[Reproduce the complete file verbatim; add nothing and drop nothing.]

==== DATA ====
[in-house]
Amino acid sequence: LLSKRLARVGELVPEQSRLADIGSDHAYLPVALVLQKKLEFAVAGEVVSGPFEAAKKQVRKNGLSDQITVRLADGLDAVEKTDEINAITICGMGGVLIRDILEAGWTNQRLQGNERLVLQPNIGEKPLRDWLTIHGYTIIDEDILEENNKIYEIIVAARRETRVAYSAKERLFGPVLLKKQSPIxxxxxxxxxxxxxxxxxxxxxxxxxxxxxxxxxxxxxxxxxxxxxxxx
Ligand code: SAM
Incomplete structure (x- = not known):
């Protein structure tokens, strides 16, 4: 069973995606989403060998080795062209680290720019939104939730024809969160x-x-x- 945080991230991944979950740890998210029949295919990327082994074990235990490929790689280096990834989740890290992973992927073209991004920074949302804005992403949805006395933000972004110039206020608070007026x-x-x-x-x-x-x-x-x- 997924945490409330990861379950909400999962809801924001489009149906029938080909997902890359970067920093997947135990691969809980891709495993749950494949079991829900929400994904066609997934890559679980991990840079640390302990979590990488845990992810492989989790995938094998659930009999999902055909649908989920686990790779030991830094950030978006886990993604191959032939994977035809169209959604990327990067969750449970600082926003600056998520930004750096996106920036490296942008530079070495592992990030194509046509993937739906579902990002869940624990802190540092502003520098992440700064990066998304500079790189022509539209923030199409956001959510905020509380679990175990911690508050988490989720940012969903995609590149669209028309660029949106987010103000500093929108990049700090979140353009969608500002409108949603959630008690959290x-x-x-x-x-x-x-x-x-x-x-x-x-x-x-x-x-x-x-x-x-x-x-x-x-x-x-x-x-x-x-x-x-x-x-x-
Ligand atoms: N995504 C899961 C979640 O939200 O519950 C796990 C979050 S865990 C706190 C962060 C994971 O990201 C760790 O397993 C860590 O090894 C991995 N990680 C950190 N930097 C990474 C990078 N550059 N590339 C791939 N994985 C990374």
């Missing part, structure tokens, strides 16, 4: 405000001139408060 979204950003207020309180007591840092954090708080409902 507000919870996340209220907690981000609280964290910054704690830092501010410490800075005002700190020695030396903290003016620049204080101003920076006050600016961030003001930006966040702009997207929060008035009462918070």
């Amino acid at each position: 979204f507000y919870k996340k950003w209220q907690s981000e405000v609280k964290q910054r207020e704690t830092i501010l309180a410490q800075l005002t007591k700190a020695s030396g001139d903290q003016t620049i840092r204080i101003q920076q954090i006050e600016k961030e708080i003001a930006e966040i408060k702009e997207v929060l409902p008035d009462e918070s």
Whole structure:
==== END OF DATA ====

[in-house]
Amino acid sequence: LLSKRLARVGELVPEQSRLADIGSDHAYLPVALVLQKKLEFAVAGEVVSGPFEAAKKQVRKNGLSDQITVRLADGLDAVEKTDEINAITICGMGGVLIRDILEAGWTNQRLQGNERLVLQPNIGEKPLRDWLTIHGYTIIDEDILEENNKIYEIIVAARRETRVAYSAKERLFGPVLLKKQSPIxxxxxxxxxxxxxxxxxxxxxxxxxxxxxxxxxxxxxxxxxxxxxxxx
Ligand code: SAM
Incomplete structure (x- = not known):
């Protein structure tokens, strides 16, 4: 069973995606989403060998080795062209680290720019939104939730024809969160x-x-x- 945080991230991944979950740890998210029949295919990327082994074990235990490929790689280096990834989740890290992973992927073209991004920074949302804005992403949805006395933000972004110039206020608070007026x-x-x-x-x-x-x-x-x- 997924945490409330990861379950909400999962809801924001489009149906029938080909997902890359970067920093997947135990691969809980891709495993749950494949079991829900929400994904066609997934890559679980991990840079640390302990979590990488845990992810492989989790995938094998659930009999999902055909649908989920686990790779030991830094950030978006886990993604191959032939994977035809169209959604990327990067969750449970600082926003600056998520930004750096996106920036490296942008530079070495592992990030194509046509993937739906579902990002869940624990802190540092502003520098992440700064990066998304500079790189022509539209923030199409956001959510905020509380679990175990911690508050988490989720940012969903995609590149669209028309660029949106987010103000500093929108990049700090979140353009969608500002409108949603959630008690959290x-x-x-x-x-x-x-x-x-x-x-x-x-x-x-x-x-x-x-x-x-x-x-x-x-x-x-x-x-x-x-x-x-x-x-x-
Ligand atoms: N995504 C899961 C979640 O939200 O519950 C796990 C979050 S865990 C706190 C962060 C994971 O990201 C760790 O397993 C860590 O090894 C991995 N990680 C950190 N930097 C990474 C990078 N550059 N590339 C791939 N994985 C990374």
């Missing part, structure tokens, strides 16, 4: 405000001139408060 979204950003207020309180007591840092954090708080409902 507000919870996340209220907690981000609280964290910054704690830092501010410490800075005002700190020695030396903290003016620049204080101003920076006050600016961030003001930006966040702009997207929060008035009462918070």
């Amino acid at each position: 979204f507000y919870k996340k950003w209220q907690s981000e405000v609280k964290q910054r207020e704690t830092i501010l309180a410490q800075l005002t007591k700190a020695s030396g001139d903290q003016t620049i840092r204080i101003q920076q954090i006050e600016k961030e708080i003001a930006e966040i408060k702009e997207v929060l409902p008035d009462e918070s």
Whole structure: